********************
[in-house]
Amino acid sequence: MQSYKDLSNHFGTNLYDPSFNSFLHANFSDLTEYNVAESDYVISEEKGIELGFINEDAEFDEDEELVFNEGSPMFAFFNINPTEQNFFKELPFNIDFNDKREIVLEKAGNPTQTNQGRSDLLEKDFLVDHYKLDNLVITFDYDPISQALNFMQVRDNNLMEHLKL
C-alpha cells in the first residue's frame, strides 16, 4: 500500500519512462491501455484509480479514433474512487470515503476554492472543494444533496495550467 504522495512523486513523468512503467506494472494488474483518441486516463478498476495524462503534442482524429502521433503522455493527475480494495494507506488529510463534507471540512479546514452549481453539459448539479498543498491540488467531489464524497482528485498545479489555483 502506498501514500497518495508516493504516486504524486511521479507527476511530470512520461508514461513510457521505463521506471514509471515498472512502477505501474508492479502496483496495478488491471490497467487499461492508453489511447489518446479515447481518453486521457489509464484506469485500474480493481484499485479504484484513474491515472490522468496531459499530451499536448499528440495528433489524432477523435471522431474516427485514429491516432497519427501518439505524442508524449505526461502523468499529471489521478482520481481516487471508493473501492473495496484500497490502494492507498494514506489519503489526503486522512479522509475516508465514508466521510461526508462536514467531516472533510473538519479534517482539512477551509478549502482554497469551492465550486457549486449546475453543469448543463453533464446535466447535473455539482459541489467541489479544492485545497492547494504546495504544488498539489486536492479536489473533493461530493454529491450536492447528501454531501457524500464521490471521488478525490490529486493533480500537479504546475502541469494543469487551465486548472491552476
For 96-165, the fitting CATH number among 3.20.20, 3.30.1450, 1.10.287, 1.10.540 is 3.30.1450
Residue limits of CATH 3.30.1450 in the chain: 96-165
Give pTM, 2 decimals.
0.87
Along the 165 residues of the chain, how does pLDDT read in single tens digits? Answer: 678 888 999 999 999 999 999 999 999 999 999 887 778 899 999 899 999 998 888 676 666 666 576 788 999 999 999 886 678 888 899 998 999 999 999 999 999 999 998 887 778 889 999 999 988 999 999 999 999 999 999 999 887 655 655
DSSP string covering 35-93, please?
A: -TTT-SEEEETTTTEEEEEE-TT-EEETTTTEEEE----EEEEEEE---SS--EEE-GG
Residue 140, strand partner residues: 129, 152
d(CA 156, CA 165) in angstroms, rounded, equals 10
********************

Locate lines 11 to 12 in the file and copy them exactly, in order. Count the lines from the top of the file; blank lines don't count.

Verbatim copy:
Residue 140, strand partner residues: 129, 152
d(CA 156, CA 165) in angstroms, rounded, equals 10